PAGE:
Sierra Returns with Fun King’s Quest: A Knight to Remember

 

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While such a disclosure may force a number of gamers to dismiss my opinion in future reviews, I feel like I need to reveal that I grew up playing Sierra games. The company was one of the most formative in my youth, alongside breakthrough organizations like Infocom (“Zork”), Atari, and, of course, Nintendo. In fact, even if you don’t know the company, Sierra has been important for you as well. Back when they were known as On-Line Systems in 1980, they released “Mystery House,” often cited as the first computer game with graphics.

The game was crude and unrefined, but it paved the road that led to “King’s Quest” in 1984, easily one of the most important games of all time. The witty adventure game spawned a franchise and led to others for the company like “Space Quest,” “Leisure Suit Larry,” “Quest For Glory,” “Police Quest,” and “Gabriel Knight”…I played them ALL. The rise of home game consoles killed Sierra, but it was a business deal, a sale after which the company was restructured, that really ended it in the mid-‘90s. They tried to rise from the ashes a few times in the ‘00s (new “Leisure Suit Larry” games, “The Hobbit”), but it fell apart beyond a few Xbox Live Arcade games. It was sold to Activision in 2008 as a part of the Vivendi merge and that was that. Until 2015. Sierra and “King’s Quest” are back. And it’s like they never left.After decades of trying to resurrect the “King’s Quest” series, Activision/Sierra has finally arrived at the perfect time in the gaming world to do so, as games like “Life is Strange,” “Game of Thrones,” and “The Walking Dead” have proven that episodic gaming has a loyal audience and plenty of routes to creativity.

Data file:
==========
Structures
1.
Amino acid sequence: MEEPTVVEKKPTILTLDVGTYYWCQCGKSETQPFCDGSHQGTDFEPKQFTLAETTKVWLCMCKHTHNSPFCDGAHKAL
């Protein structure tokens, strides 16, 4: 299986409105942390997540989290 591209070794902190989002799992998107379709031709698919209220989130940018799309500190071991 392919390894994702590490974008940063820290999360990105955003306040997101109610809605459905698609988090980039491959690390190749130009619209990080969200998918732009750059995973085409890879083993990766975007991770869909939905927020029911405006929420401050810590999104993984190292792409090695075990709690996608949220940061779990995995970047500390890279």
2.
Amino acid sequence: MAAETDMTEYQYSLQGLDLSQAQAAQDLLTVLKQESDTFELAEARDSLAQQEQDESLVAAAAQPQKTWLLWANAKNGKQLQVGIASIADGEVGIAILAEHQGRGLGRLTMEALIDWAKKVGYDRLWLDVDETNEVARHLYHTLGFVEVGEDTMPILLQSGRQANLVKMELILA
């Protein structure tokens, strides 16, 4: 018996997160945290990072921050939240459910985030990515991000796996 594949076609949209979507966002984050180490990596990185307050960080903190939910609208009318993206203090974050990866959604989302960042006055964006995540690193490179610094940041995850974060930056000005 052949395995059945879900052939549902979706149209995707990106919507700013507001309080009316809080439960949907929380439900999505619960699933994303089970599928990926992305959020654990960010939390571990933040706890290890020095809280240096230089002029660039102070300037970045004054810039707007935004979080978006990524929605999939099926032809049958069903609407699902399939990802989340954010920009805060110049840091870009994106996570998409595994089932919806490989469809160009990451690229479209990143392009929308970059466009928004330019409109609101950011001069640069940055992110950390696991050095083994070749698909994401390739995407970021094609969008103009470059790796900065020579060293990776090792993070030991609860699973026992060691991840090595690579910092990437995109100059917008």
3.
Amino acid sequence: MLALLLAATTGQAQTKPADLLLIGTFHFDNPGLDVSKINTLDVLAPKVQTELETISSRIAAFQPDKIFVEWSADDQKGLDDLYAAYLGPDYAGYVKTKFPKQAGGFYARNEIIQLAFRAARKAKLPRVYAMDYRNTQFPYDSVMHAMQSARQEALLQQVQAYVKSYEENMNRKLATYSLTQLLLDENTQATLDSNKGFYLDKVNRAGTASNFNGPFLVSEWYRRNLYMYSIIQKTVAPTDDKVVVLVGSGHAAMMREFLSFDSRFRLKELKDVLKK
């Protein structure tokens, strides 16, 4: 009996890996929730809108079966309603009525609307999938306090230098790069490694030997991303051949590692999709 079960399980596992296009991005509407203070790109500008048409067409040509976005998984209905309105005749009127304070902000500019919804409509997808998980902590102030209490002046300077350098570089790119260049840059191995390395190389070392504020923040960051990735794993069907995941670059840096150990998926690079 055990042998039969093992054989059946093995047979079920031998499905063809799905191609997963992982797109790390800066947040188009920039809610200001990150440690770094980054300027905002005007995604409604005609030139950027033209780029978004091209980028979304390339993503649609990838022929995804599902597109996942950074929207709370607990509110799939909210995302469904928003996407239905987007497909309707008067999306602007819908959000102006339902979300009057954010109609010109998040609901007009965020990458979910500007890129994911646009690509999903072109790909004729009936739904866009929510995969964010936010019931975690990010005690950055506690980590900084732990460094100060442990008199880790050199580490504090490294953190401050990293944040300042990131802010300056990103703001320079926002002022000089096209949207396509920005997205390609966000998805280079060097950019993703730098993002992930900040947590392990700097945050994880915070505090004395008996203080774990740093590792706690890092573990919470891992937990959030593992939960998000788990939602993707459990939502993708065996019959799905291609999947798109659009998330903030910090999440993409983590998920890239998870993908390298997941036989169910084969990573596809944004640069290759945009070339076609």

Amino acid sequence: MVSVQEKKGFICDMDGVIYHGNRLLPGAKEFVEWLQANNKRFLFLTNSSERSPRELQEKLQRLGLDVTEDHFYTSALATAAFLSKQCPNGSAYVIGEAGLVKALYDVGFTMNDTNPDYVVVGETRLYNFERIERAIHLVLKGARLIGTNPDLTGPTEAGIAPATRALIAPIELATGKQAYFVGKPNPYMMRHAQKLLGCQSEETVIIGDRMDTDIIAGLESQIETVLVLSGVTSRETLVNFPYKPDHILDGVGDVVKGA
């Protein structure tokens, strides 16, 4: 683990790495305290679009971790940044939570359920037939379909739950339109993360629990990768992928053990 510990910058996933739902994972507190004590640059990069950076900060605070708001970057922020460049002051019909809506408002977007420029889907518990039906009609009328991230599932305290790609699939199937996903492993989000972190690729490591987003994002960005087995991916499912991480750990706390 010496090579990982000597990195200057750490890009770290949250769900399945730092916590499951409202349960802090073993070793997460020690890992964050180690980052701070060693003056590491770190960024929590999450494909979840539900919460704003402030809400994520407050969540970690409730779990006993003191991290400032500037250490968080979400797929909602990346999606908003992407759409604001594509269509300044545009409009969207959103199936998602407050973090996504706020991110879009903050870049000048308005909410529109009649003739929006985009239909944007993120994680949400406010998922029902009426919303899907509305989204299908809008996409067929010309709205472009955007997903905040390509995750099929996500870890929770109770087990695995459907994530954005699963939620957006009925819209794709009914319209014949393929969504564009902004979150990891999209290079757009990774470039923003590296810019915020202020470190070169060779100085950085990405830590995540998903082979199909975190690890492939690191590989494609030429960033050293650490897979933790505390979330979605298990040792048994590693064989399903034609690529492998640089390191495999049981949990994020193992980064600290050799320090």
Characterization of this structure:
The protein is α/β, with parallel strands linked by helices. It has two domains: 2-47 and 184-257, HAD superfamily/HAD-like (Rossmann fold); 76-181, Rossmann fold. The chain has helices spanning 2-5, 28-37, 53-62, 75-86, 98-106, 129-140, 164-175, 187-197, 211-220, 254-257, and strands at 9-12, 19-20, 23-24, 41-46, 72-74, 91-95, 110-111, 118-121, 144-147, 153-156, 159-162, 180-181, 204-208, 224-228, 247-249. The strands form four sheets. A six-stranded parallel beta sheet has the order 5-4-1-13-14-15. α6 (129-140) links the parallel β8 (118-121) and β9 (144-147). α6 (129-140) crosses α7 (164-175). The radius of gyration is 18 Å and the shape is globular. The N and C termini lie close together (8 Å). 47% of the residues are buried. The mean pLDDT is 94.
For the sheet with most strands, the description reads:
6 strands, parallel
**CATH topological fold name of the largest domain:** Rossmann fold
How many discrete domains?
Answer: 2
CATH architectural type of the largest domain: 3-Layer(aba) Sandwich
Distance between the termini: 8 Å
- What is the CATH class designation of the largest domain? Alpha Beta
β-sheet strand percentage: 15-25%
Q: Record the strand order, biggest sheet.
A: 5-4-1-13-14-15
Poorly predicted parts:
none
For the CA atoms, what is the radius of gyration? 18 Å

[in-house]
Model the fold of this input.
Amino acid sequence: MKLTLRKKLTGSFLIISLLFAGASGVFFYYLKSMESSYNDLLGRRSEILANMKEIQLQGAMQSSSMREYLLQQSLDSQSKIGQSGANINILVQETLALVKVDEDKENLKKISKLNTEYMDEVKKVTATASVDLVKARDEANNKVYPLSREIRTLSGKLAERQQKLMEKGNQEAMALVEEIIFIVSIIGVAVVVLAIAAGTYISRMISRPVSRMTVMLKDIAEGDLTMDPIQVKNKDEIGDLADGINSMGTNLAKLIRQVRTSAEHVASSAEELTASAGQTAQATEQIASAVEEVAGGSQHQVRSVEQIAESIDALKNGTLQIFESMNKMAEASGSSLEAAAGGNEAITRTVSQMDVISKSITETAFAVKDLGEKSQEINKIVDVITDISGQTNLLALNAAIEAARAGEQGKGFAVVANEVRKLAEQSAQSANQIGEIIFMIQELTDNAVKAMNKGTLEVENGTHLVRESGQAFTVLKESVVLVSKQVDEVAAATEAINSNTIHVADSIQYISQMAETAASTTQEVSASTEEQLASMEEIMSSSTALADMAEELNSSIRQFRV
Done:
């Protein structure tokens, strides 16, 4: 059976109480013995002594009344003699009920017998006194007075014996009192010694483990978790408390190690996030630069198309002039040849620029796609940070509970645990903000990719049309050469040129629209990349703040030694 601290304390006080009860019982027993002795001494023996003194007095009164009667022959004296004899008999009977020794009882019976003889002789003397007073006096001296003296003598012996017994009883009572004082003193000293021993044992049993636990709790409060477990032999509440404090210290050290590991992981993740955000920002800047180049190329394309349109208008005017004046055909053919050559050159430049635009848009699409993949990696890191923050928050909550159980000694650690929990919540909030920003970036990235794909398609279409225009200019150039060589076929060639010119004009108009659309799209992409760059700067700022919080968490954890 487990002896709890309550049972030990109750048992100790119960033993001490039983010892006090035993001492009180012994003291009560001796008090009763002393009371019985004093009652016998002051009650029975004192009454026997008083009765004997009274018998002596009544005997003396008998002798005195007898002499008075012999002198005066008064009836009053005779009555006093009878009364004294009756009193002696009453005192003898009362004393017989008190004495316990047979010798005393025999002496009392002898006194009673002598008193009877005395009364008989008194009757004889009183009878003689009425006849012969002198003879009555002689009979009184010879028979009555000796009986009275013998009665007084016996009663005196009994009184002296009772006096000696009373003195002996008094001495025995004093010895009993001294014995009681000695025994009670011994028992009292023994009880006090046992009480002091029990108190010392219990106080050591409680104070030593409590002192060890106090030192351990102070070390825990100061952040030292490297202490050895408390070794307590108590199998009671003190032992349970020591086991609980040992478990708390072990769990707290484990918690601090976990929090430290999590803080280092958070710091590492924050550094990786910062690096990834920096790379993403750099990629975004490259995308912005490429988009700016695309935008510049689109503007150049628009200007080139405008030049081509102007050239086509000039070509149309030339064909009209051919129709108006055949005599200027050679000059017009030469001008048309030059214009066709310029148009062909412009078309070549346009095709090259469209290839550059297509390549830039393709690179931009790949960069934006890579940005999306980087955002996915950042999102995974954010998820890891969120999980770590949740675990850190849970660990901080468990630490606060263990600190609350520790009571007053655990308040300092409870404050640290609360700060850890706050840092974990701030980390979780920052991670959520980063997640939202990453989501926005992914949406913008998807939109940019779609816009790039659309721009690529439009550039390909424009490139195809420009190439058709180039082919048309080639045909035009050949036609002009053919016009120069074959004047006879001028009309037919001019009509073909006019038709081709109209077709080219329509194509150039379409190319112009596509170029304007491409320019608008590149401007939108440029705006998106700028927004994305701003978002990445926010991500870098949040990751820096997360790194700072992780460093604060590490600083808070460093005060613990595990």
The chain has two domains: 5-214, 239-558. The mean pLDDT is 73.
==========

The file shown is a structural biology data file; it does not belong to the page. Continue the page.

And so “King’s Quest” will be released in six chapters via the PSN. Although this game will very clearly end up MUCH longer than the Telltale Games’ series. Games like “Tales From the Borderlands” are broken up into roughly two-hour episodes. The first episode of “King’s Quest,” “A Knight to Remember,” is about 4 hours long. I was surprised as it kept going and going and going. This thing is almost as long as “The Order 1886” for God’s sake.

So you definitely get your money’s worth in terms of time, but what about gameplay? It’s a mixed bag, as one might expect from a company that is essentially a new player in the modern gaming world. They’re shaking off a few of the cobwebs. For the most part, “King’s Quest: A Knight to Remember” works. It’s effective and entertaining in the departments that many developers miss like witty dialogue, great voice work, and creative puzzle design. In fact, the biggest problem with “A Knight to Remember” is one that arguably hints at the age of the series: pacing. Don’t get me wrong. I’m the LAST person who needs breakneck pacing in my adventure games—I love the time taken for emotions in “Life is Strange,” for example—but “A Knight to Remember” sags a bit too often, especially in lengthy dialogue scenes and a few puzzles that require one too many fetch quests to complete.

I’m getting ahead of myself. “A Knight to Remember” is not a remake of “Kings’ Quest.” It’s a reboot like the new “Fantastic Four,” but, you know, not awful. The developers present the narrative as a story an old man (voiced perfectly by Christopher Lloyd) is telling his adventurous granddaughter. Much like the story-within-a-story of “The Princess Bride” (and Wallace Shawn even shows up here too), the child interrupts the storyteller and Lloyd gets to add tons of comical flavor. Advice: if you don’t like puns, stay away. The storyteller recounts his young days as a future King, and the developers reimagine many of the puzzles from the series, including the dragon in the well from the first game. Eventually, the story settles on a tournament to become a vaunted Knight that centers on strength, speed, and intelligence. And, of course, trolls.

“King’s Quest: A Knight to Remember” could be about 20 minutes shorter, but when it works, it really works. This downloadable adventure includes some of the most purely enjoyable puzzle-solving of the year to date, buoyed by cartoonish, fun graphics. The visuals recall the original series from the ‘80s without looking dated. Some of the backgrounds are a little flat and recycled but the characters are expertly designed. It’s a fun aesthetic for a fun game. And that’s what Sierra always was to me growing up: Fun. I can’t believe, three decades later, I’m counting the days until another Sierra release again.